Limitations
Potential reactivity and a relatively affluent sample are limitations.
Conclusion
There was little over-reporting and no systematic bias, which increases confidence in reliance on verbal reports of these behaviors in surveys and intervention research.
doi:10.1016/j.jaad.2008.12.015
PMCID: PMC3715114  PMID: 19278750
concurrent validity; measurement; observation; self-report assessment; sun protection
4.  Validity of Self-Reported Solar UVR Exposure Compared to Objectively Measured UVR Exposure 
Background
Reliance on verbal self-report of solar exposure in skin cancer prevention and epidemiologic studies may be problematic if self-report data are not valid due to systematic errors in recall, social desirability bias, or other reasons.
Methods
This study examines the validity of self-reports of exposure to ultraviolet radiation (UVR) compared to objectively measured exposure among children and adults in outdoor recreation settings in four regions of the United States. Objective UVR exposures of 515 participants were measured using polysulfone film badge UVR dosimeters on two days. The same subjects provided self-reported UVR exposure data on surveys and 4-day sun exposure diaries, for comparison to their objectively measured exposure.
Results
Dosimeter data showed that lifeguards had the greatest UVR exposure (24.5% of weekday ambient UVR), children the next highest exposures (10.3% ambient weekday UVR) and parents had the lowest (6.6% ambient weekday UVR). Similar patterns were observed in self-report data. Correlations between diary reports and dosimeter findings were fair to good and were highest for lifeguards (r = 0.38 – 0.57), followed by parents (r = 0.28 – 0.29) and children (r = 0.18 – 0.34). Correlations between survey and diary measures were moderate to good for lifeguards (r = 0.20 – 0.54) and children (r = 0.35 – 0.53).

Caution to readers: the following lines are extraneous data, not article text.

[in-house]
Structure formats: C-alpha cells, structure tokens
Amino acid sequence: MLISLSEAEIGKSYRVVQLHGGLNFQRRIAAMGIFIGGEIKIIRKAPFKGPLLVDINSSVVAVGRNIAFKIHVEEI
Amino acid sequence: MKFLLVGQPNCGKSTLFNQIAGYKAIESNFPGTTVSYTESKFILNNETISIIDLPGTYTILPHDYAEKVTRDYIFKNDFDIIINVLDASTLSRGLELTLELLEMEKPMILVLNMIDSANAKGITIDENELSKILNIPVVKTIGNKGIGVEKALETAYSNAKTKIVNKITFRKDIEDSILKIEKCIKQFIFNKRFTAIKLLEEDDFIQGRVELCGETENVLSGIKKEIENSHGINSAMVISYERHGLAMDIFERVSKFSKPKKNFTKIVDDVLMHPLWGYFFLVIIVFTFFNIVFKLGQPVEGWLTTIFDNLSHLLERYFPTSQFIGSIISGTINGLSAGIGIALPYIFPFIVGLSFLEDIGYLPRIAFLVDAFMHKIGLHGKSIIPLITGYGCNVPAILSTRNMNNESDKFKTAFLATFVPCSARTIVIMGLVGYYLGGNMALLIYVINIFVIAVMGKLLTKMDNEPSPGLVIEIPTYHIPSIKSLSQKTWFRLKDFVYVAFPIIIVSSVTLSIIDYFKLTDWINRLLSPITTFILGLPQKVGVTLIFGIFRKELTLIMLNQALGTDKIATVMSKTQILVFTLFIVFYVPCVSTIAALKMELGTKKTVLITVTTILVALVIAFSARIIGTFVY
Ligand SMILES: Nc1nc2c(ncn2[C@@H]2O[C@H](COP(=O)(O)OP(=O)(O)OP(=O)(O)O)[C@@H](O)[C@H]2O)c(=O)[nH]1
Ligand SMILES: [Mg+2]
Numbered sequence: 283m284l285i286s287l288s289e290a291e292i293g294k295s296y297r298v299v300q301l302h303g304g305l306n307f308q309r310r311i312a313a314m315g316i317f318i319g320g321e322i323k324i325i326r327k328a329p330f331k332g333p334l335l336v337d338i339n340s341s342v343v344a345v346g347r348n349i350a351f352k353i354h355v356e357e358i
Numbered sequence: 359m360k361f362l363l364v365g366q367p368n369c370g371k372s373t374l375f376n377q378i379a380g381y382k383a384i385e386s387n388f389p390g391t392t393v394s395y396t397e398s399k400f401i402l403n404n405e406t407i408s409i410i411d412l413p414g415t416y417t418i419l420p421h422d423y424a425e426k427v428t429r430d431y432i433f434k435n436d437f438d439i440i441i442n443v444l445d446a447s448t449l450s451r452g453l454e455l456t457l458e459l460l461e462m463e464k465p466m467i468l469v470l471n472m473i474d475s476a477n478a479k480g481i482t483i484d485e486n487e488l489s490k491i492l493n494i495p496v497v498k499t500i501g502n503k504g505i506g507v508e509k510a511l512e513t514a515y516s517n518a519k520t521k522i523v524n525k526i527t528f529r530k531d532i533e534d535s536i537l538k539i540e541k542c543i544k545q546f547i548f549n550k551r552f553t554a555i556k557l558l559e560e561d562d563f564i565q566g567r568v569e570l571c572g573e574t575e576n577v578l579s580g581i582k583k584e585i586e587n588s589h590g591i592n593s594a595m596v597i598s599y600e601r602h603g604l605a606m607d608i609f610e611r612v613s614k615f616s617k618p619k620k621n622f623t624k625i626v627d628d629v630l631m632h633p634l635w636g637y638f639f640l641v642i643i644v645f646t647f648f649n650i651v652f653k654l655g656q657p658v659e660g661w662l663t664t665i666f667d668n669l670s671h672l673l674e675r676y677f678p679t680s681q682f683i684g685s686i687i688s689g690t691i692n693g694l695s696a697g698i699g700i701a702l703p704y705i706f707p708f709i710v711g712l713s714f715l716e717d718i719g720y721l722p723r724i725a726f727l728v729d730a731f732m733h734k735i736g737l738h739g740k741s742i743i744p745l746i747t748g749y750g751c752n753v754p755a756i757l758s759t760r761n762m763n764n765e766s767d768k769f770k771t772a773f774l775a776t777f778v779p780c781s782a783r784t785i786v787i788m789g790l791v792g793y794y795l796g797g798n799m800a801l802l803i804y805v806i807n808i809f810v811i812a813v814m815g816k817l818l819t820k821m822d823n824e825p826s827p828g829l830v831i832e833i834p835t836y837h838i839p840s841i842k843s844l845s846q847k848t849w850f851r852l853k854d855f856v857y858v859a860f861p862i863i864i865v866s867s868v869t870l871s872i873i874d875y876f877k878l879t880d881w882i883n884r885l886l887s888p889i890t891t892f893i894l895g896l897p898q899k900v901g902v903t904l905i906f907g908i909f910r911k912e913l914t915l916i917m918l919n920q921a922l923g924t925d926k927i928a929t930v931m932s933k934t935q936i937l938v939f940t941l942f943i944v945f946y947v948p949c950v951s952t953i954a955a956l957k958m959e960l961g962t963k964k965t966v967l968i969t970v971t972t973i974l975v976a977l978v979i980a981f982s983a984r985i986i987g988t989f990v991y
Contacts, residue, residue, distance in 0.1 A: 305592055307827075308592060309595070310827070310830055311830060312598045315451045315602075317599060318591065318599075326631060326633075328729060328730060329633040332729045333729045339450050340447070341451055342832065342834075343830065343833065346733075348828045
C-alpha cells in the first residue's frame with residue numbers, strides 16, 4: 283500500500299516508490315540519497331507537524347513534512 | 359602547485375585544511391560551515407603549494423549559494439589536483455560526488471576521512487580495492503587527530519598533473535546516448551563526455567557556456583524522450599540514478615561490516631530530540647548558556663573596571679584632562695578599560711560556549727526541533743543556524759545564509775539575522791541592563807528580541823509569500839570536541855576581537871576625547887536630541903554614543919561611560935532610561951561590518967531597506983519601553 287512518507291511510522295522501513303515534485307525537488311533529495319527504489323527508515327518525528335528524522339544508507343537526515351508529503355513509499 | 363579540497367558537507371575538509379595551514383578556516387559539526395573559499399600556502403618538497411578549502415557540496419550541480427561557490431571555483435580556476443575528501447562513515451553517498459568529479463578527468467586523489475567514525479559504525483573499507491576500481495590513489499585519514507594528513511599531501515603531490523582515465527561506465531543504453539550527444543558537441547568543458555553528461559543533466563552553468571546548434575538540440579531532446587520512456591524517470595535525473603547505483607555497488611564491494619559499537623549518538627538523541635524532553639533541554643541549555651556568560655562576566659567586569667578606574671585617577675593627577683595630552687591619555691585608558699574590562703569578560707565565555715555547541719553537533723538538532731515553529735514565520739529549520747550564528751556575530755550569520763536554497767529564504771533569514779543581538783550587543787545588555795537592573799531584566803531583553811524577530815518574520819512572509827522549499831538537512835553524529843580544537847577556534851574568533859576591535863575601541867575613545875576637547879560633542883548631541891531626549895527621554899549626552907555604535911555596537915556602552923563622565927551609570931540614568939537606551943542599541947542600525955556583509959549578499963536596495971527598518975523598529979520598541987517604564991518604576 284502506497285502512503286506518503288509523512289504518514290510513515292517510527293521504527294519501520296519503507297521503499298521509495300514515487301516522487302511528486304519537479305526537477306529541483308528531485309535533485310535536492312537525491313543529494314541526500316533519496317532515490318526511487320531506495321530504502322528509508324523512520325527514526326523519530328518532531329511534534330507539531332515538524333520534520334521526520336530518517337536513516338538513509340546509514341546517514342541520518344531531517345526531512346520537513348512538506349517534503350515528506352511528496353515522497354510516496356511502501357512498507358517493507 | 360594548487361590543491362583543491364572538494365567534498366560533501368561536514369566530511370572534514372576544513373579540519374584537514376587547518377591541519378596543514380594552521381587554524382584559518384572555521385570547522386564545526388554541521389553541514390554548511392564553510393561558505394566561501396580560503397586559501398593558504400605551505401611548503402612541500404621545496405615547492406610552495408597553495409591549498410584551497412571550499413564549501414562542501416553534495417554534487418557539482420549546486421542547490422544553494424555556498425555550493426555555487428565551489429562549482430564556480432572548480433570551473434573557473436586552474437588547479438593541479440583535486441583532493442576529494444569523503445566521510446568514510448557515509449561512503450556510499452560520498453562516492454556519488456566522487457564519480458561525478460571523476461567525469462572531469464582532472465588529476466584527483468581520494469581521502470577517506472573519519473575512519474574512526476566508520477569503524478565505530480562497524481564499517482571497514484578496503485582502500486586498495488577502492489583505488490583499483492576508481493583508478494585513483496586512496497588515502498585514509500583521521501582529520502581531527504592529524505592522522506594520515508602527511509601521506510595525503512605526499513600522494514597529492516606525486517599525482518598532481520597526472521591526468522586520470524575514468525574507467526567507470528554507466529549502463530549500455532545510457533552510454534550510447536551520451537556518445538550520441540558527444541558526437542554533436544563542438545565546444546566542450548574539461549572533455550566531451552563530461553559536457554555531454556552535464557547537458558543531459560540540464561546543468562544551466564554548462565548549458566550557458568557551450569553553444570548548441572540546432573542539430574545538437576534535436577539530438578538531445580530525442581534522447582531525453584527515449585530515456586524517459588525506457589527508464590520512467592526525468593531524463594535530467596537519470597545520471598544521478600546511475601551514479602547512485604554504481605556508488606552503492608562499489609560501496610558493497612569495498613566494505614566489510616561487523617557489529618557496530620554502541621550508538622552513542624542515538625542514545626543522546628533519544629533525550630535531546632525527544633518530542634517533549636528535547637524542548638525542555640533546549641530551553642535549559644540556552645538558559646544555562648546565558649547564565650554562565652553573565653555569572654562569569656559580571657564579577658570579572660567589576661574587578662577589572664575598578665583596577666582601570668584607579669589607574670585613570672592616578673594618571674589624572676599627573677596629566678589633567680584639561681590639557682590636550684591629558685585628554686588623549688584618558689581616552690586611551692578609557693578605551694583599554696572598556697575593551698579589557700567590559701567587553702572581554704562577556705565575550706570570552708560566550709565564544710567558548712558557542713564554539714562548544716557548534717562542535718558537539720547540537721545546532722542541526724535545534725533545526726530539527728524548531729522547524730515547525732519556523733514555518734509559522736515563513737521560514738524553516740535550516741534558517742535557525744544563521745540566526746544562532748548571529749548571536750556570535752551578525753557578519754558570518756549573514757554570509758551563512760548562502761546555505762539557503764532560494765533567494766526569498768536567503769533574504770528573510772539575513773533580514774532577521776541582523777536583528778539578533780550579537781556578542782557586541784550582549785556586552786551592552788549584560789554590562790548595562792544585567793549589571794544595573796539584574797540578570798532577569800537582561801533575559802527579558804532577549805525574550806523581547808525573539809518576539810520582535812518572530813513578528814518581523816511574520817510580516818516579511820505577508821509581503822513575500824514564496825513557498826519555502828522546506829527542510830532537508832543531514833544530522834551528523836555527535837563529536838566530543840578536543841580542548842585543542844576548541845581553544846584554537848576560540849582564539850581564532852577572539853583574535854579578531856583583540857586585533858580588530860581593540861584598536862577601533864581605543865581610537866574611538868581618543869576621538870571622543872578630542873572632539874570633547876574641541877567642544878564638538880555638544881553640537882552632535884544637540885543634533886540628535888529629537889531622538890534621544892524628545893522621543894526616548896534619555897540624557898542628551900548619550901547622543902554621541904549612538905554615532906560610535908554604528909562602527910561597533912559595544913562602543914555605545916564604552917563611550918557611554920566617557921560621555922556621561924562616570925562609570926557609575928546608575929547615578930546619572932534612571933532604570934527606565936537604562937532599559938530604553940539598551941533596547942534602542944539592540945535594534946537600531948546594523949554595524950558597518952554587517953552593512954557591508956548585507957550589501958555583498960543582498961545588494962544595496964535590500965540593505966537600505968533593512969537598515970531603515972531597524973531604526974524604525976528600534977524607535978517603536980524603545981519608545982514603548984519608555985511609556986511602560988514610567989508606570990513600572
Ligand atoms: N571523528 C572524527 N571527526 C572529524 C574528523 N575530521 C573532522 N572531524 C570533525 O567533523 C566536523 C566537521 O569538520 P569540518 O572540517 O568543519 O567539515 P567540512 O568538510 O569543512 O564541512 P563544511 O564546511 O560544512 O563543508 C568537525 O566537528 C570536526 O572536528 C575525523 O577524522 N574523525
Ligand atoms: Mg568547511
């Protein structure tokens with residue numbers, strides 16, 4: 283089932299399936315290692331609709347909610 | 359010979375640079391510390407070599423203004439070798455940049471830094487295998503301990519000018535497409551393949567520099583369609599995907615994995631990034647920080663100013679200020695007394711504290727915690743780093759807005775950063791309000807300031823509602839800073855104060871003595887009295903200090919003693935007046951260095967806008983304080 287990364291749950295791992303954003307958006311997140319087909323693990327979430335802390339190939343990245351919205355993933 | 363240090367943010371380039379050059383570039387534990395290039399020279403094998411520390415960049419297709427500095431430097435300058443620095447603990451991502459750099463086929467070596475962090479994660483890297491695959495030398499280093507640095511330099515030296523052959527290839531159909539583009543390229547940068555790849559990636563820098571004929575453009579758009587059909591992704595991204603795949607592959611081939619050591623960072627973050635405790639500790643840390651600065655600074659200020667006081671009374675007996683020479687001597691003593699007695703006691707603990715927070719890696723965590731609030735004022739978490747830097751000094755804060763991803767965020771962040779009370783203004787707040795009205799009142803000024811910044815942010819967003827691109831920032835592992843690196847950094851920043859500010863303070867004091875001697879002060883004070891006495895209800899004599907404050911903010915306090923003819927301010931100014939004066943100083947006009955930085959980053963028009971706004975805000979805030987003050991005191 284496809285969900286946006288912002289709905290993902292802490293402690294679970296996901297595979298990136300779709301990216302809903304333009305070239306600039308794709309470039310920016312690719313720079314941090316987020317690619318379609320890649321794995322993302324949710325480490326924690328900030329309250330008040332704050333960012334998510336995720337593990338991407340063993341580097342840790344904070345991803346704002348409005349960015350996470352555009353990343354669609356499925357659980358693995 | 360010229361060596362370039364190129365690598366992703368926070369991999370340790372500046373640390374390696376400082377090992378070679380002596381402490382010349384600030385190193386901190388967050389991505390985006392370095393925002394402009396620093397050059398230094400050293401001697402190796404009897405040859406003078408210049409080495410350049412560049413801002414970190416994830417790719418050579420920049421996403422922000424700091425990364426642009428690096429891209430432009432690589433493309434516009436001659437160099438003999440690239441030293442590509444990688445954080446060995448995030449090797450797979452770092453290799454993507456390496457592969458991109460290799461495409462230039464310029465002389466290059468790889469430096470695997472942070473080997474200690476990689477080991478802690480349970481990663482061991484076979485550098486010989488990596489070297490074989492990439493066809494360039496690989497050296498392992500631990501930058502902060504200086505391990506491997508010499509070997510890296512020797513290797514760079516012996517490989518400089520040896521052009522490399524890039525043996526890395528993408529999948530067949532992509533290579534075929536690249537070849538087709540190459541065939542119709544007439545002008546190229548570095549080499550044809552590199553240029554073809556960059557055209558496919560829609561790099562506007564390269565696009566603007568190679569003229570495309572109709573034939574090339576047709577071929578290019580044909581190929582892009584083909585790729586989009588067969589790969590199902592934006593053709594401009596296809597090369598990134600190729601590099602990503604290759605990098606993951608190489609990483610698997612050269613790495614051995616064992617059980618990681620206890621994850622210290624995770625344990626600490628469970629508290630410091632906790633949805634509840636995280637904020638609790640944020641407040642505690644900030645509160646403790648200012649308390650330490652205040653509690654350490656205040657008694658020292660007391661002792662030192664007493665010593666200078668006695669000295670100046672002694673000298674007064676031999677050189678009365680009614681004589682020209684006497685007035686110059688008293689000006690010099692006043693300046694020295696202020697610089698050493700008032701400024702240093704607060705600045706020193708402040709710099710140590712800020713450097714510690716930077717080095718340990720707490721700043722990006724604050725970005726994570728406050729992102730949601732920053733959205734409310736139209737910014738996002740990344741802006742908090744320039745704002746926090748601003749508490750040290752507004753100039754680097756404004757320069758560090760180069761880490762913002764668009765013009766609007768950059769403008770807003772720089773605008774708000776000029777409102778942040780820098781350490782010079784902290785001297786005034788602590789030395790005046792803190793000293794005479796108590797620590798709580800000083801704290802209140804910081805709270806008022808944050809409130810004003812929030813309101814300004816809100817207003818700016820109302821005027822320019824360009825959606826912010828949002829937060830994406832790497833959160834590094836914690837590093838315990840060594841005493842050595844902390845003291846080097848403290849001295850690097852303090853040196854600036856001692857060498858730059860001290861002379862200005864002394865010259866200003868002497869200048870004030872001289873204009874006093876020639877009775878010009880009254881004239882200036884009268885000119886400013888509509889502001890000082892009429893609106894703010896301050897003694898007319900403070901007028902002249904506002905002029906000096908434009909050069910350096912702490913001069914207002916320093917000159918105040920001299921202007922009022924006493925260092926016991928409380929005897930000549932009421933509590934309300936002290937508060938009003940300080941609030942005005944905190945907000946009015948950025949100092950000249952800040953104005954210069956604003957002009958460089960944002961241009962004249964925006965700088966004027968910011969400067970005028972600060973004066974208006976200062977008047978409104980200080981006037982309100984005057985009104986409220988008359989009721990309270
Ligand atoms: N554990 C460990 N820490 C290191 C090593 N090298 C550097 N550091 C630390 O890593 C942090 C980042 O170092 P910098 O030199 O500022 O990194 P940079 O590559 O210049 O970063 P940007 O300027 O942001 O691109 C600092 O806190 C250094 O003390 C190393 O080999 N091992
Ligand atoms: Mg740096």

Conclusions
This is the largest study of its kind to date, and supports the utility of self-report measures of solar UVR exposure.
Impact
Overall, self-reports of sun exposure produce valid measures of UVR exposure among parents, children, and lifeguards who work outdoors.
doi:10.1158/1055-9965.EPI-10-0709
PMCID: PMC3005549  PMID: 20940277
skin cancer; sun exposure; UVR; dosimeters; validation; biomarkers
5.  Validity of Self-Reported Sunscreen Use by Parents, Children, and Lifeguards 
Background
Verbal self-report is the method most often used to assess sunscreen use, but the data may be confounded by recall error and social desirability. Sunscreen swabbing is a non-invasive procedure to objectively assess the presence of sunscreen on the skin. This study examined the agreement between verbal reports of sunscreen use from survey and diary measures and objectively measured sunscreen use.
Methods
Participants were 564 parents, children aged 5–10 years, and lifeguards at 16 swimming pools in four regions of the U.S. Participants completed self-reported measures, including baseline and final surveys, as well as a 4-day diary and objective swabbing measures of sunscreen presence on 2 separate days. Data were collected in 2006 and analyzed in 2006–2007.
Results
Levels of sunscreen use were relatively high based on surveys (65.7%); diary data (40.3%); and swabbing measures (59.1%). Agreement between swabbing and diary measures of sunscreen use was fair to good, with κ statistics for children at 0.40, followed by lifeguards at 0.34 and parents at 0.27. Validity coefficients across measures of sunscreen use were higher for lifeguards and parents than for children, and diary measures were higher than surveys. No systematic errors were found across groups or by gender, latitude, study arm, or risk category.
Conclusions
These findings are comparable to those in other validation studies, including studies of the validity of dietary assessments. Self-reported estimates of sunscreen use by diaries or surveys appear to be as good as objective measures.
doi:10.1016/j.amepre.2008.09.012
PMCID: PMC2626407  PMID: 18945582

Results 1-5 (5)